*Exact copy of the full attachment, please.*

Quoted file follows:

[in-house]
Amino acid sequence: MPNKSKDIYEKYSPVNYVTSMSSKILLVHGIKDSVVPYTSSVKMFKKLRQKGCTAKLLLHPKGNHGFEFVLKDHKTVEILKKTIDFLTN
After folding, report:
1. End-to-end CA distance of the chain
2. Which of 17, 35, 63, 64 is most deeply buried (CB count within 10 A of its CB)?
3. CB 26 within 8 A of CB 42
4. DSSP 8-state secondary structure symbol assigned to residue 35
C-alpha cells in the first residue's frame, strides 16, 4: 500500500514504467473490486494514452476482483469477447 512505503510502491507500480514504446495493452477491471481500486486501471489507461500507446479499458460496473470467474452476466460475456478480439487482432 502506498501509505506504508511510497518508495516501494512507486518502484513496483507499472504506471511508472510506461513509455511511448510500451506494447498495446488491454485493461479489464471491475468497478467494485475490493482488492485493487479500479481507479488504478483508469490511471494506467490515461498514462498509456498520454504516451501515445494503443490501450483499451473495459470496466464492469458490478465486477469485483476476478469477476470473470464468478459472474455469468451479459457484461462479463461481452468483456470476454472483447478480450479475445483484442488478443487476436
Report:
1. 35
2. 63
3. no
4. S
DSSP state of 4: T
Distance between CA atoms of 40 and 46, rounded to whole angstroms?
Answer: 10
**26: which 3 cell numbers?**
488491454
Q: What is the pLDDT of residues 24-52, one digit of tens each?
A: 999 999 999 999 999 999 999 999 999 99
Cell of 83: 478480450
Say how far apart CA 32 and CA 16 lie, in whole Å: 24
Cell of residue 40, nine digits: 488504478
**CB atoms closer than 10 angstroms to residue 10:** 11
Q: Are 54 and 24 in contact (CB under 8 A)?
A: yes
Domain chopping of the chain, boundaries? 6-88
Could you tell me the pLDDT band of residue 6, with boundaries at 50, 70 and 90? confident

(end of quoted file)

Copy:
[in-house]
Amino acid sequence: MPNKSKDIYEKYSPVNYVTSMSSKILLVHGIKDSVVPYTSSVKMFKKLRQKGCTAKLLLHPKGNHGFEFVLKDHKTVEILKKTIDFLTN
After folding, report:
1. End-to-end CA distance of the chain
2. Which of 17, 35, 63, 64 is most deeply buried (CB count within 10 A of its CB)?
3. CB 26 within 8 A of CB 42
4. DSSP 8-state secondary structure symbol assigned to residue 35
C-alpha cells in the first residue's frame, strides 16, 4: 500500500514504467473490486494514452476482483469477447 512505503510502491507500480514504446495493452477491471481500486486501471489507461500507446479499458460496473470467474452476466460475456478480439487482432 502506498501509505506504508511510497518508495516501494512507486518502484513496483507499472504506471511508472510506461513509455511511448510500451506494447498495446488491454485493461479489464471491475468497478467494485475490493482488492485493487479500479481507479488504478483508469490511471494506467490515461498514462498509456498520454504516451501515445494503443490501450483499451473495459470496466464492469458490478465486477469485483476476478469477476470473470464468478459472474455469468451479459457484461462479463461481452468483456470476454472483447478480450479475445483484442488478443487476436
Report:
1. 35
2. 63
3. no
4. S
DSSP state of 4: T
Distance between CA atoms of 40 and 46, rounded to whole angstroms?
Answer: 10
**26: which 3 cell numbers?**
488491454
Q: What is the pLDDT of residues 24-52, one digit of tens each?
A: 999 999 999 999 999 999 999 999 999 99
Cell of 83: 478480450
Say how far apart CA 32 and CA 16 lie, in whole Å: 24
Cell of residue 40, nine digits: 488504478
**CB atoms closer than 10 angstroms to residue 10:** 11
Q: Are 54 and 24 in contact (CB under 8 A)?
A: yes
Domain chopping of the chain, boundaries? 6-88
Could you tell me the pLDDT band of residue 6, with boundaries at 50, 70 and 90? confident